How’s this for a nicely polished gem of irony? Liberal blogger Matthew Yglesias today authored a piece poking fun at Barnes & Noble for attempting to diversify its bookstore model by venturing into the world of digital with its “Nook” e-reader. (Stay tuned for the irony, below.) For Yglesias, the notion that a corporation wants to innovate and change in order to survive is a laughable one:

Barnes & Noble the organism doesn’t want to die, so it makes a desperate effort to launch a new book-related businesses (sic) —the design and manufucter (sic) of e-readers—that it has no particular expertise in. All very understandable, but weirdly out of step with the ostensible idea of the for-profit business corporation. At the end of the day, there’s absolutely nothing wrong with investors capitalizing a new business venture, the venture making money for a while, then its profits declining and eventually the business shuts down.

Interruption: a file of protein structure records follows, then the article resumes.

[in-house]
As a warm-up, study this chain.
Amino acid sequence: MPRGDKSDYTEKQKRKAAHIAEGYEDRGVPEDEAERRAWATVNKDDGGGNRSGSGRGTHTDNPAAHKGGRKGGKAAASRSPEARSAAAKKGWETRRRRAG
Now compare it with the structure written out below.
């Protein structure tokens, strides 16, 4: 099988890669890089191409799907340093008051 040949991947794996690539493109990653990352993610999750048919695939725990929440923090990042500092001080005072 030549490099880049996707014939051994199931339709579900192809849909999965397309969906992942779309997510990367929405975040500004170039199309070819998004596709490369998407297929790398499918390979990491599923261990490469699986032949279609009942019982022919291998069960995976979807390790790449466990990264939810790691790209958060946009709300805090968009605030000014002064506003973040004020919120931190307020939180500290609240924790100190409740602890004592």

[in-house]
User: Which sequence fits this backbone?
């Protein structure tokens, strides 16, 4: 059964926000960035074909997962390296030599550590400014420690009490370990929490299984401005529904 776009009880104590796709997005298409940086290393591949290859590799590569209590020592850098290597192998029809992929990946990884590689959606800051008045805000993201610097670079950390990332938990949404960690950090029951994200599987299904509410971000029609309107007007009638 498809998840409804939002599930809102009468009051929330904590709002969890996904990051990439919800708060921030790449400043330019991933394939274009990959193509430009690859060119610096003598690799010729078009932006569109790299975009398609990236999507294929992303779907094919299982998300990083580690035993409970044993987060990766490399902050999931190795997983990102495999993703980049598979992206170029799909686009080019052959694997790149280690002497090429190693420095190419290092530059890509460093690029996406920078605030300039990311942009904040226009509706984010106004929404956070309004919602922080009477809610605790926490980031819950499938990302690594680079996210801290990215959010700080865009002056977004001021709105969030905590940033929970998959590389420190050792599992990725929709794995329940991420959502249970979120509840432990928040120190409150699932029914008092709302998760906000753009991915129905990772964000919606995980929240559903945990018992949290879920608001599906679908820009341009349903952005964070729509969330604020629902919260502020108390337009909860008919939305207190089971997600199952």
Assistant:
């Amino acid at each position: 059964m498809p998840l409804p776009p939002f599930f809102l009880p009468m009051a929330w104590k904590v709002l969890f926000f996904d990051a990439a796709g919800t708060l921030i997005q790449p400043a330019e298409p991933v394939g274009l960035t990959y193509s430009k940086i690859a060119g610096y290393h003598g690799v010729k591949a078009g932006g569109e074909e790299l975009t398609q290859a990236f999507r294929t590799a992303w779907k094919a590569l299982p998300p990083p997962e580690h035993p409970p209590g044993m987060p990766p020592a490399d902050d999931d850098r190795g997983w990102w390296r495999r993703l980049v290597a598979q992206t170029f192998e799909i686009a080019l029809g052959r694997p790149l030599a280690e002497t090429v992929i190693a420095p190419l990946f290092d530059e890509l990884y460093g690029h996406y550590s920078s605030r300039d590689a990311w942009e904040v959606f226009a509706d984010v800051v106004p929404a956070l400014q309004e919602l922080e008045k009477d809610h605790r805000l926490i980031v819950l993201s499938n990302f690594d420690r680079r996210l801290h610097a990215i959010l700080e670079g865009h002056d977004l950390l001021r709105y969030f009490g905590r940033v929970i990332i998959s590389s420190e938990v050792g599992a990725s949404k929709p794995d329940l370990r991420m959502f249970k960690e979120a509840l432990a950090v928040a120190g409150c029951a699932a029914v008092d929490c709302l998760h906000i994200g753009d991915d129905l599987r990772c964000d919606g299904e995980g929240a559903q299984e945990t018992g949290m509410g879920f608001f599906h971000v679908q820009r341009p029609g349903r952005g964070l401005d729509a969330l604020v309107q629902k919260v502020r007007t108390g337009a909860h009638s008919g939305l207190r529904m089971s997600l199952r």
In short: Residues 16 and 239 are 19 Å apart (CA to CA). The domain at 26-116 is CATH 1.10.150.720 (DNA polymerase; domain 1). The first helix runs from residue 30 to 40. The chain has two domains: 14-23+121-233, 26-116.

Nothing lasts forever, and a corporation doesn’t need to achieve immortality to have been a good business. But large firms essentially never behave like this. They never, that is, serenly (sic) accept the inevitable and just attempt to manage their existing operations as well as possible. Instead they want to live! They want to thrive! And this survival instinct is tied up in a weird way with the doctrine of shareholder value.

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